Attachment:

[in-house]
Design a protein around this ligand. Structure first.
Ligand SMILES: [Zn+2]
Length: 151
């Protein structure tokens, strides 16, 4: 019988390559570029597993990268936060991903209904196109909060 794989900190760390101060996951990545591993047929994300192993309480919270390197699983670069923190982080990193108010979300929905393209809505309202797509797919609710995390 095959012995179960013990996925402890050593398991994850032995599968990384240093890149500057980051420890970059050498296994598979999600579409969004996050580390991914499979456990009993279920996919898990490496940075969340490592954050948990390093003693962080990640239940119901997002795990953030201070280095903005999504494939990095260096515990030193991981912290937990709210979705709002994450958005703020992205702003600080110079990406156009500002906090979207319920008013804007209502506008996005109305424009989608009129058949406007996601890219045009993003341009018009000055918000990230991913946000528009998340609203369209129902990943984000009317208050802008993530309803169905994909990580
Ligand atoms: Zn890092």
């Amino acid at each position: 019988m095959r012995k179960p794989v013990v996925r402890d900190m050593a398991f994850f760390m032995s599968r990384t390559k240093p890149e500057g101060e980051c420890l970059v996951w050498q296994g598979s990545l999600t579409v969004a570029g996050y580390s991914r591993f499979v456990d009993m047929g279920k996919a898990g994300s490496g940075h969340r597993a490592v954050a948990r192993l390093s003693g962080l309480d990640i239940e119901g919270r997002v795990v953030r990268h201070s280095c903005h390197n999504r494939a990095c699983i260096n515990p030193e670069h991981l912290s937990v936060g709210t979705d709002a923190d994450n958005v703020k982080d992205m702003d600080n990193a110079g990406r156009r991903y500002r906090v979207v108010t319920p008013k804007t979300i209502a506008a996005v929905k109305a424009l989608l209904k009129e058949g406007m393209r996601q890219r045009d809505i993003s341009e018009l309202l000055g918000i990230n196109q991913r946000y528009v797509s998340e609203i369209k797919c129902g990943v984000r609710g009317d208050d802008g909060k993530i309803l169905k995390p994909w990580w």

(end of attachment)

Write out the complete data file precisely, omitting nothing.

[in-house]
Design a protein around this ligand. Structure first.
Ligand SMILES: [Zn+2]
Length: 151
């Protein structure tokens, strides 16, 4: 019988390559570029597993990268936060991903209904196109909060 794989900190760390101060996951990545591993047929994300192993309480919270390197699983670069923190982080990193108010979300929905393209809505309202797509797919609710995390 095959012995179960013990996925402890050593398991994850032995599968990384240093890149500057980051420890970059050498296994598979999600579409969004996050580390991914499979456990009993279920996919898990490496940075969340490592954050948990390093003693962080990640239940119901997002795990953030201070280095903005999504494939990095260096515990030193991981912290937990709210979705709002994450958005703020992205702003600080110079990406156009500002906090979207319920008013804007209502506008996005109305424009989608009129058949406007996601890219045009993003341009018009000055918000990230991913946000528009998340609203369209129902990943984000009317208050802008993530309803169905994909990580
Ligand atoms: Zn890092």
């Amino acid at each position: 019988m095959r012995k179960p794989v013990v996925r402890d900190m050593a398991f994850f760390m032995s599968r990384t390559k240093p890149e500057g101060e980051c420890l970059v996951w050498q296994g598979s990545l999600t579409v969004a570029g996050y580390s991914r591993f499979v456990d009993m047929g279920k996919a898990g994300s490496g940075h969340r597993a490592v954050a948990r192993l390093s003693g962080l309480d990640i239940e119901g919270r997002v795990v953030r990268h201070s280095c903005h390197n999504r494939a990095c699983i260096n515990p030193e670069h991981l912290s937990v936060g709210t979705d709002a923190d994450n958005v703020k982080d992205m702003d600080n990193a110079g990406r156009r991903y500002r906090v979207v108010t319920p008013k804007t979300i209502a506008a996005v929905k109305a424009l989608l209904k009129e058949g406007m393209r996601q890219r045009d809505i993003s341009e018009l309202l000055g918000i990230n196109q991913r946000y528009v797509s998340e609203i369209k797919c129902g990943v984000r609710g009317d208050d802008g909060k993530i309803l169905k995390p994909w990580w």